Continue reading...
Viable pipe bomb left close to Omagh Remembrance Day ceremony, police say

PSNI says device was attempt to disrupt memorial in town where 29 people were killed by Real IRA bomb in 1998

Police have confirmed that a device left close to a Remembrance Sunday commemoration in Omagh was a viable pipe bomb.

The Police Service of Northern Ireland said the bomb was an attempt to disrupt Poppy Day in the County Tyrone town, which was the site of the deadliest atrocity of the 30-year Troubles.

Continue reading...
Sí, seniors: the Chilean city with grand plans to be the best place to grow old

Promising supervised flats, nursing homes and levelled streets, Valdivia’s Gerontological Hub project is tackling Chile’s ageing crisis head-on. Can it offset the country’s shockingly low privatised pensions?

Imagine a city that allows you to live your final years with grace and dignity. Where, if you’re alone and facing challenges but still physically and mentally independent, you can move into an apartment complex with a supervisor to provide support and organise workshops and gatherings in a community room. Where there’s an affordable transport system adapted to your needs, along with well-lit and maintained streets that won’t cause falls, as well as extended crossing times at traffic lights, roofs over the pavements to shelter you from the rain and attractive plazas and parks offering exercise equipment.

If your health is impaired, you can receive home visits from caregivers, priority healthcare at clinics and hospitals, and access to rehabilitation centres. Where there are flexible opportunities to re-enter the labour market if your pension isn’t enough. And if you can’t care for yourself and have no support network, there are well-equipped and staffed nursing homes.

Continue reading...
Dying words: when musicians turn their last albums into self-eulogies

The release of Sharon Jones’ final album, recorded while she had terminal cancer, is the latest example of an artist saying goodbye through music

We all know we’re going to die. But only some of us have a sense of when. If those haunted with that knowledge seem cursed, in another way they’re privileged. They have the rare chance to write their own eulogies, to make a statement that gives their final days shape.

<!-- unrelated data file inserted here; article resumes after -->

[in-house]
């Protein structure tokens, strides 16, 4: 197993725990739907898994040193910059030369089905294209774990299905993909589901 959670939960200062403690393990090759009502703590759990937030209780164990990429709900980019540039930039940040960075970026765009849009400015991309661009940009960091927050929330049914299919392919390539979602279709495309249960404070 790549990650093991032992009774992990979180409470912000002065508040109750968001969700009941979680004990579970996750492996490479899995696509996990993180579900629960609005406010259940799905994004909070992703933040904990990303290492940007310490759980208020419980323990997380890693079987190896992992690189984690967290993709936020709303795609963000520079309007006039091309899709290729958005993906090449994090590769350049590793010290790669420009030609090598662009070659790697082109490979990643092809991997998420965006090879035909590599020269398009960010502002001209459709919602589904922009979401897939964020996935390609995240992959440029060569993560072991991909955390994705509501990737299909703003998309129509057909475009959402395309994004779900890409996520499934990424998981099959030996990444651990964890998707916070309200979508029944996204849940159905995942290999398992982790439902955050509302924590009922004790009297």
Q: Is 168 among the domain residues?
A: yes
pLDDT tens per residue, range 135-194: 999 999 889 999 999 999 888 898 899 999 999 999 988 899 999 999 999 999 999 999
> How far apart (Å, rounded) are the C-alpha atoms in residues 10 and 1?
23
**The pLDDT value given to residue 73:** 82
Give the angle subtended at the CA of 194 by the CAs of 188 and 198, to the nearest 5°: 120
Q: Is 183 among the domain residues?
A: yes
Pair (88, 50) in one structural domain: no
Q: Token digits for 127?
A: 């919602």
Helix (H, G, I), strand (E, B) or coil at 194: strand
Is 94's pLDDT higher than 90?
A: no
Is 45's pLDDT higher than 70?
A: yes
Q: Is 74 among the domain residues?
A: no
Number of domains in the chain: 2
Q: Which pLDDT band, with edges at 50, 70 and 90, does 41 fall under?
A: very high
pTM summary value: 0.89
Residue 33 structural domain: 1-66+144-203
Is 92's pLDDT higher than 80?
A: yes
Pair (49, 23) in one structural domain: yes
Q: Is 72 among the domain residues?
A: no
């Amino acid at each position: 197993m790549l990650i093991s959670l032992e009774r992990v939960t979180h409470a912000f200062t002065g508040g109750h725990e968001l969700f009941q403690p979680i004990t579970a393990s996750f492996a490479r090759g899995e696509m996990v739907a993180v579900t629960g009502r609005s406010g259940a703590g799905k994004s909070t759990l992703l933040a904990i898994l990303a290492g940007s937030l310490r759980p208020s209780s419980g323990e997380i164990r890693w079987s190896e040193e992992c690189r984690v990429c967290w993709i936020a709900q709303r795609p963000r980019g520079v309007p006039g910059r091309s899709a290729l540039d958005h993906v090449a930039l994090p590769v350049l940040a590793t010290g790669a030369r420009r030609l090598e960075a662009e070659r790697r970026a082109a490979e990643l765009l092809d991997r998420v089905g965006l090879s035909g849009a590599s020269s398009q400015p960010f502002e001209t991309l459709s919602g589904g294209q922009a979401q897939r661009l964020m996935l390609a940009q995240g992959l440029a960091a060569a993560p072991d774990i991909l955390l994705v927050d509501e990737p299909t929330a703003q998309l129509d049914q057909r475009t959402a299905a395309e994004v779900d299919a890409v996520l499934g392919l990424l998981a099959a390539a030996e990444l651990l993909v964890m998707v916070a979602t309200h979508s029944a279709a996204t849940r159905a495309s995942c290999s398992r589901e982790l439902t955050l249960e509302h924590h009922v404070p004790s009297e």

Related: Sharon Jones: a soul survivor who helped rejuvenate a classic sound

Continue reading...
Pirelli goes down the rabbit hole with all-black cast for 2018 calendar

Styled by new Vogue editor Edward Enninful, next year’s calendar stars Naomi Campbell, Duckie Thot and others to tell the story of Alice in Wonderland

Last week, British Vogue’s new editor-in-chief, Edward Enninful, launched his first issue, ushering in a new era of diversity for the fashion bible. By the weekend, Enninful had struck again, this time with the 2018 Pirelli calendar, which he styled, and cast with an all-black group of models, activists and actors.

Shot by fashion photographer Tim Walker, the calendar features Naomi Campbell, British Vogue cover star Adwoa Aboah, Sudanese-Australian model Duckie Thot, South African lawyer Thando Hopa, Whoopi Goldberg, Lupita Nyong’o and RuPaul, who were transformed by Enninful into characters from Alice’s Adventures in Wonderland. Enninful took the job of styling the calendar before he was appointed editor, and though the timing of the two launches is coincidence, it does address a palpable shift in mood.

Continue reading...
'It?? is what’s outside that counts': how northern style became the quintessence of the British identity makeup

Morrissey’s flowers; Paul Morley’s rollnecks. As the exhibition North: Fashioning Identity opens in London, one sartorially savvy export dissects the style signatures of the region’s men